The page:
Sarah Granger Kimball House, Nauvoo, IL

The Sarah Granger Kimball house, Nauvoo. Photo (2008) by Kenneth Mays.

Sarah Melissa Granger was born on December 29, 1818. She was one of eight children born to Oliver and Lydia Dibble Granger. The Granger family joined The Church of Jesus Christ of Latter-day Saints in the early days of the Restoration. Following her family’s arrival in Nauvoo, Sarah met and fell in love with local landowner and prominent businessman, Hiram Kimball. The two married in 1840 and lived in the extant 1 1/2-story home seen above. Hiram was not a member of the Church until his baptism in 1843. 

Interior view of the Sarah Kimball house, Nauvoo. Photo (2004) by Kenneth Mays.

Sarah and Hiram comprised one of the relatively few Nauvoo families of some financial means. Sarah offered to furnish the material to make clothes for men laboring on the Nauvoo Temple if some of the other sisters would help her sew them. Meeting in Sarah’s home, that group of charitable women organized a ladies’ society complete with written bylaws. This group of sisters was later formally organized into the Nauvoo Female Relief Society, now Relief Society, by the Prophet Joseph Smith. He stated that “The Church was never perfectly organized until the women were thus organized.”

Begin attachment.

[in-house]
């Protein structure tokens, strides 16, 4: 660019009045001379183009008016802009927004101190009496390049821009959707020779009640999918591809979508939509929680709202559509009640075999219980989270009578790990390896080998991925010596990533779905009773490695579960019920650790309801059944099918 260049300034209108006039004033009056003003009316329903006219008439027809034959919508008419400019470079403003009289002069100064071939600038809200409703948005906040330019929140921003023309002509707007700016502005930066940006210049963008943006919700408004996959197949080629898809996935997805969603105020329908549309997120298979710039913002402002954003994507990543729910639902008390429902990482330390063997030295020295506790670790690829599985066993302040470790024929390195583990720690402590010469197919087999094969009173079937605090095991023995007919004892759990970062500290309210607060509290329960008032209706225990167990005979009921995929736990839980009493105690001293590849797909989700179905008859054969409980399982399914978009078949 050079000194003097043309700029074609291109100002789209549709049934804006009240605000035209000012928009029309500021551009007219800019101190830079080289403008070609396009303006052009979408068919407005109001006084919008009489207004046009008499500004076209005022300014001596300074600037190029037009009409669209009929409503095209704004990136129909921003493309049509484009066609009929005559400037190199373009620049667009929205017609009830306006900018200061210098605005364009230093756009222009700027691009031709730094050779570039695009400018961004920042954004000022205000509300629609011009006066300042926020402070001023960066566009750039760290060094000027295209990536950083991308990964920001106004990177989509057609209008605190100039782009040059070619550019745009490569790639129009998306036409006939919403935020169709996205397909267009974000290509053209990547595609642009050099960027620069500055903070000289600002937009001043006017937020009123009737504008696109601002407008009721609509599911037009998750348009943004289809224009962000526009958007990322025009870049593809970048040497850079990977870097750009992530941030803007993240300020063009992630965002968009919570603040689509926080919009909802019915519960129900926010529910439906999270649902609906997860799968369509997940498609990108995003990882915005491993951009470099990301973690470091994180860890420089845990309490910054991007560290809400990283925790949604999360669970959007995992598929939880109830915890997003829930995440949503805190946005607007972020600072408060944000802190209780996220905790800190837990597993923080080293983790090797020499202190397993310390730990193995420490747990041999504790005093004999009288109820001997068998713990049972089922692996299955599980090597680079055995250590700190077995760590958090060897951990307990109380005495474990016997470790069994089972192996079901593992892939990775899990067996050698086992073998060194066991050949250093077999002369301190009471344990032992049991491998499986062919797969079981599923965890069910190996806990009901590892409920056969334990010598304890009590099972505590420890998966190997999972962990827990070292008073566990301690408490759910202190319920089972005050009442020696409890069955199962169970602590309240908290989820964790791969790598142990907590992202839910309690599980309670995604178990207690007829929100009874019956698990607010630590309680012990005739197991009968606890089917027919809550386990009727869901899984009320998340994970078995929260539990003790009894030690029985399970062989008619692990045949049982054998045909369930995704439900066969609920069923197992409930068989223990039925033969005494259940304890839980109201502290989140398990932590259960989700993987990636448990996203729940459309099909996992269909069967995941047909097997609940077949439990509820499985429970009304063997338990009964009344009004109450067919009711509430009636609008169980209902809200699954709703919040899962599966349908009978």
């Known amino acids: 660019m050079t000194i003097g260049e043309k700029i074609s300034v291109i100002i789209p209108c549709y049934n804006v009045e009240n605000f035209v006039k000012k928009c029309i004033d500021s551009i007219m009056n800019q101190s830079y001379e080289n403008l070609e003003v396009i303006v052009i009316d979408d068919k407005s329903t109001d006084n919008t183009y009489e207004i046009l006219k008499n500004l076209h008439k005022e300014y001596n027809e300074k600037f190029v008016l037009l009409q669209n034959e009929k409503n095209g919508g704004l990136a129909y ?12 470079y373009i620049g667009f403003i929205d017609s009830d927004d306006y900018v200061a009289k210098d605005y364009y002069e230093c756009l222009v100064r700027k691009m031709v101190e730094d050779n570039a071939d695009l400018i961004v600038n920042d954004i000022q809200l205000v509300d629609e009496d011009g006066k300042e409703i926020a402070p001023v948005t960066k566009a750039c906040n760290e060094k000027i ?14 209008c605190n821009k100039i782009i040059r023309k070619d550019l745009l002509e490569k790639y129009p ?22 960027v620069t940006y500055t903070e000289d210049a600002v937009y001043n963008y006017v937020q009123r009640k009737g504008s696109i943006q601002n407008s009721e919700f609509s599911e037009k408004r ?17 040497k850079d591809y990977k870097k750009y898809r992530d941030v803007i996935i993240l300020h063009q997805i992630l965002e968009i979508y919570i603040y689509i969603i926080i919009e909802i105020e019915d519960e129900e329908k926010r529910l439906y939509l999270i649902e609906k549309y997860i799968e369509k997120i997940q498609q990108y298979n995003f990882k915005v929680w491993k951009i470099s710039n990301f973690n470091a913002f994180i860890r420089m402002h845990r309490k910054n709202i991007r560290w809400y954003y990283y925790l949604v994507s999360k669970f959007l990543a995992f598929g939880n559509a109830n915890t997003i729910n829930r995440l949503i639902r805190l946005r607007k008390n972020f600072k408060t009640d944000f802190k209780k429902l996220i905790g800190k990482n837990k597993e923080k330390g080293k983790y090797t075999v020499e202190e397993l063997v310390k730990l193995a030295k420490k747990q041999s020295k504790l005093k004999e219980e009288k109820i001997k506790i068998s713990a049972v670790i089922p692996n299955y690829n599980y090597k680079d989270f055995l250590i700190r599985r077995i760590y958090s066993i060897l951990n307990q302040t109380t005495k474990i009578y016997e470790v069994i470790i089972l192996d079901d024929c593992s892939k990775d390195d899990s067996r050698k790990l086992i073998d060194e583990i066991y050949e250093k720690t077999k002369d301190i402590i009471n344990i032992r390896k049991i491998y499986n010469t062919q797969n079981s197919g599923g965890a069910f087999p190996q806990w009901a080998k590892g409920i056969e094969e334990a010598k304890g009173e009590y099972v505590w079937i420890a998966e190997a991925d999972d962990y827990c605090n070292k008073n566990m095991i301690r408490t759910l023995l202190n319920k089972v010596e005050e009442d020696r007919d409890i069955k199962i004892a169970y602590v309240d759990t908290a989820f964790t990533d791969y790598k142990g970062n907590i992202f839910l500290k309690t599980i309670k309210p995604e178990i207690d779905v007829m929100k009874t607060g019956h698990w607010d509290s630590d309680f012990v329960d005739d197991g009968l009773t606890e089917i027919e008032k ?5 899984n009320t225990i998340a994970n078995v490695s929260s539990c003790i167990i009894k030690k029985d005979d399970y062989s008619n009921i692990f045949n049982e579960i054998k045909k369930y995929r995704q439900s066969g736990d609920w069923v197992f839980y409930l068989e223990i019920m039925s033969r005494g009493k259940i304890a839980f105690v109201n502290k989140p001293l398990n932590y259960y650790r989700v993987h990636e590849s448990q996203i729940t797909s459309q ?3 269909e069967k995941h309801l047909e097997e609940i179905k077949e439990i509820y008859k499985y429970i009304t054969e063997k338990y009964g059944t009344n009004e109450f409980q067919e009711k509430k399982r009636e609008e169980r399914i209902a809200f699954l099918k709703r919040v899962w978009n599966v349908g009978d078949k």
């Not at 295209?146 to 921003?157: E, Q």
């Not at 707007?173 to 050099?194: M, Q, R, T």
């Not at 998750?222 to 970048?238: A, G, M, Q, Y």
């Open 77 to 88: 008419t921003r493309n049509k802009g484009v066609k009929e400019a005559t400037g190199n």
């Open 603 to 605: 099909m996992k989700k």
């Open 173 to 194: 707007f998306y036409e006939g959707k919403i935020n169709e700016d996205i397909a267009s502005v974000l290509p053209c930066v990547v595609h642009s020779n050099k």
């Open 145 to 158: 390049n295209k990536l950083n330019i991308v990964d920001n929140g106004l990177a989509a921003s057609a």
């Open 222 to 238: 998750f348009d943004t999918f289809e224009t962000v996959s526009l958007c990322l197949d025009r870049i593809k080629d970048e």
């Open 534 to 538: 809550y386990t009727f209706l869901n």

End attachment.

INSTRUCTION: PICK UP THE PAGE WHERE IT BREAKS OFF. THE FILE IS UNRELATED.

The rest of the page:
The Sarah Granger Kimball house, Nauvoo. Photo (1989) by Kenneth Mays.

Sarah and her family moved west to Utah in 1851. Her husband, Hiram, was killed in 1863 when a steamship boiler exploded while he was traveling to his mission field, the Sandwich Islands (now Hawaii). Sarah served as president of the Fifteenth Ward Relief Society from 1857 until her passing in 1898. She also served on the Relief Society central (now general) board in various capacities. One writer said that Sarah possessed a “tall, commanding figure, a face of remarkable dignity and sincerity in expression. Her manner of speaking was original in its strength of reason, rare in its eloquence, precise and delicate in selection of words and tone of voice.” Another writer characterized Sarah saying that “Confidence and self-assurance magnified her natural interests and abilities.”

Sarah Melissa Granger Kimball. Photo courtesy of the Church History Library.

Map and Directions

From Main Street in Nauvoo, drive west on Young Street for about three blocks. Turn right where the road divides into the parking lot by the Kimball home.

Ownership Status

The Sarah Granger Kimball home in Nauvoo is owned and maintained by The Church of Jesus Christ of Latter-day Saints. Tours are available at no cost, both in person and virtually. For information, go to the website


Sarah Granger Kimball house, Nauvoo. The barn was added later. Photo (2008) by Kenneth Mays.
The Sarah Granger Kimball home and barn. Photo (2019) by Kenneth Mays.
Headstone of Sarah Melissa Granger Kimball, Salt Lake City Cemetery. Photo (2007) by Kenneth Mays.
The Sarah Granger Kimball house with new signage. Photo (2021) by Kenneth Mays.

Articles & Resources


Virgina H. Pearce, in Richard E. Turley Jr. and Brittany A. Chapman, eds., Women of Faith in the Latter Days, Vol. 1, 1775-1820, 115-128.

Richard N. Holzapfel and T. Jeffery Cottle, Old Mormon Nauvoo, 1839-1846, 70-71.

Keith W. Perkins and Donald Q. Cannon, in LaMar C. Berrett, ed., Sacred Places Vol. 2, Ohio and Illinois, 114-115.